IMO, the biggest visual impact of 6stars is that most buildings will again have eaves!
http://planning.sa.gov.au/index.cfm?obj ... 3A96013410
New regulatory requirements: Sustainable Housing
Increased energy efficiency requirements for all new dwellings built in South Australia will come into effect from Wednesday 1 September 2010.
The new ‘6-star’ energy efficiency requirement – which also applies to alterations or additions to existing homes – replaces the previous 5-star energy efficiency requirement which had been in place since 2006.
What are the major changes from 5 stars to 6 stars?
How can new homes and extensions comply?
- * An increased level of insulation required in walls, roofs and suspended floors
* More comprehensive requirements placed on glazing.
The BCA and the SA Housing Code provide two ways of achieving compliance with the 6-star requirements:
House energy rating assessments can be conducted by registered House Energy Rating Assessors. A Register of House Energy Assessors is available on this site.
- * Designing and constructing in accordance with new prescriptive provisions (these will be available in SA Housing Code Amendment 18, due for adoption on 1 May 2010)
* Having assessment by an approved computer-based energy efficiency rating program (such as FirstRate5, AccuRate or BERSPro) with the result a 6 star rating or better and certain prescriptive construction requirements.
The prescriptive measures contained in the Building Code include different levels of insulation for various building elements (walls, floor and roofs) for different climate zones (SA has three different climate zones - see our Climate Zones page), and restrictions on the amount and type of glazing in an external wall. The area of glass is limited based on the amount of shading provided and the orientation of the wall. A house with no eaves and no additional shading to the windows is required to have less glazed area than a house with eaves.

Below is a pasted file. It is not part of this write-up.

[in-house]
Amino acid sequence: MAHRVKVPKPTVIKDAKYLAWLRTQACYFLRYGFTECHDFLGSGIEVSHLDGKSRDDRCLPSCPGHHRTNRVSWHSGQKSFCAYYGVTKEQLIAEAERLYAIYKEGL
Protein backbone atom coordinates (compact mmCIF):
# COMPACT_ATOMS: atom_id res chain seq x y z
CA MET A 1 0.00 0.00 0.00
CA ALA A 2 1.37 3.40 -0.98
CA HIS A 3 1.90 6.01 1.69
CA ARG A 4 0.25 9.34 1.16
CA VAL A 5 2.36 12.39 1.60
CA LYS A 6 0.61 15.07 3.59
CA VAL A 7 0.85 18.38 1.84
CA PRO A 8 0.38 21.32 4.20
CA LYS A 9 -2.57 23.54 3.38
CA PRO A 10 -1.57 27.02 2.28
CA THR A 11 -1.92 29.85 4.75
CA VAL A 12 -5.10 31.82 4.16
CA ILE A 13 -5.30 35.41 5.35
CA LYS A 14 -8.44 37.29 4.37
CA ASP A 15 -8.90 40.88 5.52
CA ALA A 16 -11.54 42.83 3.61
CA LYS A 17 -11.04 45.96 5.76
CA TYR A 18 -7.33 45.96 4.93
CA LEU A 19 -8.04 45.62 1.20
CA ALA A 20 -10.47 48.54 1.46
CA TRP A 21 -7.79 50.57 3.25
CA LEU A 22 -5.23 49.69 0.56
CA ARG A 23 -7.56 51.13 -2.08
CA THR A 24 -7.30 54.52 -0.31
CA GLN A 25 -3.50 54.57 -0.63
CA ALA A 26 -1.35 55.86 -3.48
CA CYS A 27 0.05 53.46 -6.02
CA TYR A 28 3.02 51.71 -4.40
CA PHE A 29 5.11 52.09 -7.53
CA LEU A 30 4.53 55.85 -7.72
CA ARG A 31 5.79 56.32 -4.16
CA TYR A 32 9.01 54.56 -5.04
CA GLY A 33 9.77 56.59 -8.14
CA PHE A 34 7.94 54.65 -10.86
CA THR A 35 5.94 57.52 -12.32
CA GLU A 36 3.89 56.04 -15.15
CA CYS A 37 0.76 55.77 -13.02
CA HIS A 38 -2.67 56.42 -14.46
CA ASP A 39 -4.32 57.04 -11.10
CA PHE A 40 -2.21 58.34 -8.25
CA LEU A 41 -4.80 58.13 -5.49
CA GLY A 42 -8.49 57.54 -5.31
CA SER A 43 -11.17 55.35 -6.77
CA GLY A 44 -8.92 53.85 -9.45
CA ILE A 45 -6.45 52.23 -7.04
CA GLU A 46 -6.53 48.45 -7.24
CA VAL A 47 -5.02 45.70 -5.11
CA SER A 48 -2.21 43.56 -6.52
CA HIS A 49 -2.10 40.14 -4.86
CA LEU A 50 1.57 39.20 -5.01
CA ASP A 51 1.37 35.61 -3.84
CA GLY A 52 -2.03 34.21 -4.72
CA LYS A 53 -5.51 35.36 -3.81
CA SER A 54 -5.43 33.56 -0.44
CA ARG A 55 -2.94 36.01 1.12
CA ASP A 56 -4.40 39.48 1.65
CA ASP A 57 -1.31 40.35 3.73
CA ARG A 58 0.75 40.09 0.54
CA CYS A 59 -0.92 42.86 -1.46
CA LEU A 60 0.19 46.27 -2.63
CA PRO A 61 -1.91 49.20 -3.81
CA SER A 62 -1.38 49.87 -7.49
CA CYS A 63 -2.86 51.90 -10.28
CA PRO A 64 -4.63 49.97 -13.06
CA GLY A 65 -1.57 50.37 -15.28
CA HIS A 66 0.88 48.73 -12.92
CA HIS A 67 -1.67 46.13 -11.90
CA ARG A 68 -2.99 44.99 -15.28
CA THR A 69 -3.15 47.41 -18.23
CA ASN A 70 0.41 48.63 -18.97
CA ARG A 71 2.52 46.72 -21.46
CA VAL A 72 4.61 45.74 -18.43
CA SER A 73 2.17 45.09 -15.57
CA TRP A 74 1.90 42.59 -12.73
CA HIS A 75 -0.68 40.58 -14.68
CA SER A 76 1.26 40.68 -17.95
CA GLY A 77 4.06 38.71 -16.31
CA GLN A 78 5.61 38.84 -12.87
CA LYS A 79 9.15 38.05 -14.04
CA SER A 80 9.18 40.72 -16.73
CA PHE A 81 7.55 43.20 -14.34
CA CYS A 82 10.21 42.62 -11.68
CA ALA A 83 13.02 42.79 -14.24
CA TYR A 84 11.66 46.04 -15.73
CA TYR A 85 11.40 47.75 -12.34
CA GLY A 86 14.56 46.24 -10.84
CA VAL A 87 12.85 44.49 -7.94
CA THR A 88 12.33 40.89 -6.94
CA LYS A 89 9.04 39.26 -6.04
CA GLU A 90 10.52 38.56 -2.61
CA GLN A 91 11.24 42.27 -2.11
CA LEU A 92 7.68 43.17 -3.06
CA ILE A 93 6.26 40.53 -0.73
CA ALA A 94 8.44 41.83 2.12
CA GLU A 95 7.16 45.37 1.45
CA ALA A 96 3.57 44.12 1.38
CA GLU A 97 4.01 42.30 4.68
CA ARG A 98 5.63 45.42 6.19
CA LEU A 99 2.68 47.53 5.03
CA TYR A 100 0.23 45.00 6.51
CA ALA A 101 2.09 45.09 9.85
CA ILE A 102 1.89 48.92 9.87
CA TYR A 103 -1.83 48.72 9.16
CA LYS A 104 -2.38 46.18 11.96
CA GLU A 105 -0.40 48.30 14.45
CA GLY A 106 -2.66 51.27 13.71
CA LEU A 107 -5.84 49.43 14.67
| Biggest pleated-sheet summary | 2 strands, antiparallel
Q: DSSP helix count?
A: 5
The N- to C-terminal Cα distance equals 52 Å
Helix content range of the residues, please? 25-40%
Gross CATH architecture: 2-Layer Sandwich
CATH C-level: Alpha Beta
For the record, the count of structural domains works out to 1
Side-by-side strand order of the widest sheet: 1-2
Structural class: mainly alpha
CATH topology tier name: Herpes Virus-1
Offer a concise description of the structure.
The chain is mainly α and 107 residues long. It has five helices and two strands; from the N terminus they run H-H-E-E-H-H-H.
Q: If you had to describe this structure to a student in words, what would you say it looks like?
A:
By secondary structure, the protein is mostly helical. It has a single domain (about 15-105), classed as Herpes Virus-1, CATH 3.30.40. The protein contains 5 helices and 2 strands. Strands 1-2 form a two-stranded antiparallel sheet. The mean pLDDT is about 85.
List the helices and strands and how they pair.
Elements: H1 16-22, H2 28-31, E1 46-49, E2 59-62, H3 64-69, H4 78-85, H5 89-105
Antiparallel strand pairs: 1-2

Good shading of windows (such as eave overhangs) and good orientation of the house (so that the main windows to living areas are facing due north) will enable the new requirements to be met for minimal cost (a few hundred dollars for more efficient insulation).
Good design, including thoughtful consideration of the orientation of the home, will help meet the 6 star efficiency requirements and save long-term energy-use costs.
The increased energy efficiency requirements for housing - along with new energy efficiency requirements for commercial buildings set to come into effect in August - will help in meeting Target 3.14 of South Australia's Strategic Plan to increase energy efficiency in dwellings by 10 percent within 10 years.
There are two ways new homes and extensions can achieve compliance with the current 5-star requirements:
Who will check that new homes and extensions comply?
- * Designing and constructing in accordance with new provisions in either the Building Code of Australia or the SA Housing Code (see SA Housing Code Amendment 17 (May 2009) - Appendix H [PDF 280.6 KB])
* Having assessment by an approved computer-based energy efficiency rating program (such as FirstRate5, AccuRate or BERSPro) with the result a 5 star rating or better.
Under the Development Act, development approval is required from the council for all building work to ensure it complies with the BCA or the SAHC. Before this approval can be issued, either the council or a private certifier must assess the design of new homes and extensions against the BCA or the SAHC. This assessment includes checking the design for compliance with the 6-star energy efficiency requirements.
Can house energy ratings be calculated with the use of heavy drapes and pelmets in order to achieve the 6-star energy efficiency requirements?
Attaining a star rating with the use of heavy drapes and pelmets cannot be used for compliance with the Building Rules if there is any doubt about the installation taking place.
Software tools such as FirstRate5, BERSPro and AccuRate are valid assessment programs. FirstRate5 and AccuRate only allow for the use of Holland Blinds on glazing to be included as part of the building shell.